Although I was totally crossing my fingers that the male lion would have a voice like Scar . . .
I was hoping the combination of a graphic novel (a/k/a pitcherbook) and the use of animals rather than people to tell the story would persuade my non-reader into reading. I thought I’d get the added bonus of the subject matter making him ponder some deeper subjects like the price of freedom . . .
“There’s an old saying, Zill. Freedom can’t be given, only earned.
Yeah, well, there’s another old saying. You don’t look a gift house in the mouth . . . you eat him.”
and making your own way in the world . . .
“We can’t wait around for some miracle to change the world for us. We have to take control of our destinies.”
as well as provide some harsh truths about war . . .
“Keepers, two leggers, Man . . . don’t matter what you call ‘em, they’re all the same.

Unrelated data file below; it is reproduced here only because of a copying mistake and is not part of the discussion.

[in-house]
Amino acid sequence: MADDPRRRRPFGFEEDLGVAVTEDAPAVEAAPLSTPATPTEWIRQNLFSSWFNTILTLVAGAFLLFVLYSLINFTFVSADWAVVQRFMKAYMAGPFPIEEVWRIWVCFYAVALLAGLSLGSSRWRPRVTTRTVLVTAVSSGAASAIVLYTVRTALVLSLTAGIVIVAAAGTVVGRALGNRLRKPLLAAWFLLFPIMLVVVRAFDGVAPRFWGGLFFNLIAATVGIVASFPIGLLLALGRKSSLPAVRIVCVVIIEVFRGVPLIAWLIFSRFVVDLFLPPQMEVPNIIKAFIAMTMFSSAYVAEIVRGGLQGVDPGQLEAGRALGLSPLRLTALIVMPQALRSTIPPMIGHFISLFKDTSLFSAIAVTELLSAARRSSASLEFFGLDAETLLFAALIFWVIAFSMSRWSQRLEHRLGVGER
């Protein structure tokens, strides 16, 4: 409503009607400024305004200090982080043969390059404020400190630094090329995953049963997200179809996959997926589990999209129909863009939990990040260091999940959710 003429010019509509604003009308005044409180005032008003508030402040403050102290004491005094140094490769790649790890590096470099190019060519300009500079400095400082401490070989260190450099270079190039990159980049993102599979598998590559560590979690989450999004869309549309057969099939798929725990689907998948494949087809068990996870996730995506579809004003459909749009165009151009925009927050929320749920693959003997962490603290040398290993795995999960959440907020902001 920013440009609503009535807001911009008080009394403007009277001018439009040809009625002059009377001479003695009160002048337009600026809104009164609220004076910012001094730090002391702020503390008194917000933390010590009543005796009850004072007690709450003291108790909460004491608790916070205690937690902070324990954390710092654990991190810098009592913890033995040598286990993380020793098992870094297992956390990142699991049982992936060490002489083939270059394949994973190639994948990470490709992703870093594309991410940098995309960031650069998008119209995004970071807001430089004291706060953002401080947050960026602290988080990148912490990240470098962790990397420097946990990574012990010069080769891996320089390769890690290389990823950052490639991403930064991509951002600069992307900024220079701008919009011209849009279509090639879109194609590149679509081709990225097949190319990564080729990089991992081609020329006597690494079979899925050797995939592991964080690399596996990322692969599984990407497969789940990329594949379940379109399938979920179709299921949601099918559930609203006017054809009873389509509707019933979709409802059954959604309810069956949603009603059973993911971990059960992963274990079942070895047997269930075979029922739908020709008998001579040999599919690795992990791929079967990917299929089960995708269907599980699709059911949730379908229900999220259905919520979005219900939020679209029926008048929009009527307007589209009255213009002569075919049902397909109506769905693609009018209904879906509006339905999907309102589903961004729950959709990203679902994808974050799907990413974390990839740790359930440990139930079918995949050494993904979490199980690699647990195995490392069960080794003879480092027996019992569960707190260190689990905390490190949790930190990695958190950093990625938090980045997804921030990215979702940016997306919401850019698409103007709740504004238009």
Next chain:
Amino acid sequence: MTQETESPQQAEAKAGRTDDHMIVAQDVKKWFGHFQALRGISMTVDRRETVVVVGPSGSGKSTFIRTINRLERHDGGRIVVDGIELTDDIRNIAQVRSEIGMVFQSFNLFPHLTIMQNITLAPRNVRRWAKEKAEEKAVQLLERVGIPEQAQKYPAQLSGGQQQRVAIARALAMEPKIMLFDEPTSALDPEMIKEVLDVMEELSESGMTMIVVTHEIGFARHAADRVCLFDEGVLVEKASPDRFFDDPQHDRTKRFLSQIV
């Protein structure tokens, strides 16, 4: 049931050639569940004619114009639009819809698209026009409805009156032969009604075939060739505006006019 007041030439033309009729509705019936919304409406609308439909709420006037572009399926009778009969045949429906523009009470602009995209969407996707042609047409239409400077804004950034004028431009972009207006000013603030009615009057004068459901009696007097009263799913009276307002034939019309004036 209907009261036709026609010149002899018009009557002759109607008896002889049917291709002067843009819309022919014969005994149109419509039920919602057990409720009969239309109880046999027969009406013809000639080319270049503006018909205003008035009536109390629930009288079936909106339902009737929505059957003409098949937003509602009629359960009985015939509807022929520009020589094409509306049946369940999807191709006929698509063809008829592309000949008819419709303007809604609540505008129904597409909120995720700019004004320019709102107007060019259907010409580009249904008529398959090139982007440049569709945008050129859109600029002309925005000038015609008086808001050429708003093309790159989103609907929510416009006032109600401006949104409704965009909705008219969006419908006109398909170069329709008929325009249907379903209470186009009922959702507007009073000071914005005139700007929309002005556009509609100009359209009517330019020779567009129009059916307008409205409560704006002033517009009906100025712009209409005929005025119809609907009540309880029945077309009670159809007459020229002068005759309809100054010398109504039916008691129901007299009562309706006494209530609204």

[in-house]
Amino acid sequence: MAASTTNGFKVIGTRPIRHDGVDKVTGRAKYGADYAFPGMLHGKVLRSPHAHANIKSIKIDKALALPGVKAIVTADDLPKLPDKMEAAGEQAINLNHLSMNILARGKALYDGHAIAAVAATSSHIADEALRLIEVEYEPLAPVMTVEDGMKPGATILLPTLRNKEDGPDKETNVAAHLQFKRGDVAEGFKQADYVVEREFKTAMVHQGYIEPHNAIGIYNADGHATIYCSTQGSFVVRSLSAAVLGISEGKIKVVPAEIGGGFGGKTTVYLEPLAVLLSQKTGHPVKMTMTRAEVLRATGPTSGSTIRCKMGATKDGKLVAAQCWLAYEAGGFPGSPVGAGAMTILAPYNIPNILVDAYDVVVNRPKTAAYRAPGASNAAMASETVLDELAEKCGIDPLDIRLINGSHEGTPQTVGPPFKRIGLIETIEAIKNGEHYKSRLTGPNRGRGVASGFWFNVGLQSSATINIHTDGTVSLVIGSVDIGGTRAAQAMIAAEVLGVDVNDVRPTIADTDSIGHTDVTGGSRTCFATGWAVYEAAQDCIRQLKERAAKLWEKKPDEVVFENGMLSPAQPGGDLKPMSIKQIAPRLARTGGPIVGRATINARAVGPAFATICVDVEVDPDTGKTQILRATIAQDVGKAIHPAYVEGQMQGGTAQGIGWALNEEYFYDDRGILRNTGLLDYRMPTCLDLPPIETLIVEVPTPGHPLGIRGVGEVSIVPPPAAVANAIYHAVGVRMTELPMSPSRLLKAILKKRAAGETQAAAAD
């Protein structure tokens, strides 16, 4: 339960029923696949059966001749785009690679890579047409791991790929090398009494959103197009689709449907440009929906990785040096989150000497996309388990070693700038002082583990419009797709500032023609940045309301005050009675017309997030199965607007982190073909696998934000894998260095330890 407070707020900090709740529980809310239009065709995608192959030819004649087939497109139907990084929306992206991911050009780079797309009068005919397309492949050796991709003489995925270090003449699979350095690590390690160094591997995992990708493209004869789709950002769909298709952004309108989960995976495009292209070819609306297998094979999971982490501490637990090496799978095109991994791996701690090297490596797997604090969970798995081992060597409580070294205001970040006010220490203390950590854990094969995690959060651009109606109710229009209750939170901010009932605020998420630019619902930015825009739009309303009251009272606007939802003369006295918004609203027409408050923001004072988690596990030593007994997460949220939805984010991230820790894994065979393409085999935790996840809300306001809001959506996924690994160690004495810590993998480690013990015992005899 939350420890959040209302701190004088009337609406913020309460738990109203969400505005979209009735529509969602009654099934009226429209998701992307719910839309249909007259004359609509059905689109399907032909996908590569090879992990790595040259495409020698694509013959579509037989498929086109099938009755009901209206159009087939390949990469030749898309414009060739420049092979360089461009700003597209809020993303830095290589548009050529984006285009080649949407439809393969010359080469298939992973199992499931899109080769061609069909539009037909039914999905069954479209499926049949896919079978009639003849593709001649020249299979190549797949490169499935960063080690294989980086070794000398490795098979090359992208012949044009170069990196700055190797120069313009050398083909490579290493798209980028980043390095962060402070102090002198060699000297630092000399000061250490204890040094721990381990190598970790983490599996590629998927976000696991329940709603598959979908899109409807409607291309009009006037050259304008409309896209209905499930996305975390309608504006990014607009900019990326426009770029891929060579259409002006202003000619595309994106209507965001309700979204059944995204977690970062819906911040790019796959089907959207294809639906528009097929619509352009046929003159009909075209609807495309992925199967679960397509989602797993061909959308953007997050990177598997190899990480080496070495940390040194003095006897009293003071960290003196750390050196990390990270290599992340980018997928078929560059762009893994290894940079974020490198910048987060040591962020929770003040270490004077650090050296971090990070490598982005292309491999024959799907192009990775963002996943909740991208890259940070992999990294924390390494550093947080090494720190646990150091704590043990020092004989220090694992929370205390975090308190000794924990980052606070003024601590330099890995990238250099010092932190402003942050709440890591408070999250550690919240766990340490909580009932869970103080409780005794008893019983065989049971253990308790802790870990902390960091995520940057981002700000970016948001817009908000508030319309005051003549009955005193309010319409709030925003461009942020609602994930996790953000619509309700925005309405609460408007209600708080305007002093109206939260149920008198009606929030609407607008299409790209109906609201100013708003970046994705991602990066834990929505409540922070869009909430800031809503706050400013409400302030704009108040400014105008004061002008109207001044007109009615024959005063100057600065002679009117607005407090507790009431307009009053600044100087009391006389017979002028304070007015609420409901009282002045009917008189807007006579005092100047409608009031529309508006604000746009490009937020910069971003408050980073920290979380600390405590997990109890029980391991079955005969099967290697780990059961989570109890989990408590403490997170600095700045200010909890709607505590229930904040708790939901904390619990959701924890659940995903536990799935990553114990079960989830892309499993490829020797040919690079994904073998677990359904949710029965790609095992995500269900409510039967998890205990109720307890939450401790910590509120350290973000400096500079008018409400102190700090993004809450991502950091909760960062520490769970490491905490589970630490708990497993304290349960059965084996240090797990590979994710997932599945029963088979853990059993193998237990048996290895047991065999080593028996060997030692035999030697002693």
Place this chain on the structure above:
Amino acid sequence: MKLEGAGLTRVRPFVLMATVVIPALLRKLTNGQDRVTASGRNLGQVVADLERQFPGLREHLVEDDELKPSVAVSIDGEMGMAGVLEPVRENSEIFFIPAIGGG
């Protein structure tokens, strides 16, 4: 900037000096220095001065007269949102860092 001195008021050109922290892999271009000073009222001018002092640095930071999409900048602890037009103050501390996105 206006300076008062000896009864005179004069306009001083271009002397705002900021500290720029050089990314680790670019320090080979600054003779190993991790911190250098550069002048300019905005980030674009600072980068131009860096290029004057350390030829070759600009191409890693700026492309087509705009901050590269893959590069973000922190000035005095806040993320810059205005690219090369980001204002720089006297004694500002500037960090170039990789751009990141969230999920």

What are they fighting about?
Damned if I know, son.”
I figured the story would keep his interest by being told from the perspective of some anthropomorphized kings of the jungle (and maybe even a few butthole monkeys) . . .
And I knew the outcome of the true events, so I was prepared for the ending and a possible discussion of why things went down the way they did. What I wasn’t prepared for was lion rape. Are you serious right now?
I’m not even going to get into an argument if there is such a thing in the wild as lions raping each other, but can we make it so my child can read something that makes him think just a little bit without throwing every-f*&^ing-hot-button-topic into the mix? FFS! (In case you were wondering, no I didn’t force the tiny human into reading this one.)
Now let’s discuss the artwork. Look at this cover . . .
DEVINE! Inside there was some pretty amazing stuff too . . .
including honest, yet horrifyingly graphic, depictions of the toll of war on the zoo . . .
Jeebus, there are other crayons in the box besides ORANGE!
End result? 2 Stars. It was just okay. Good news is I’ve pretty much been guaranteed Saga will make up for this one. . .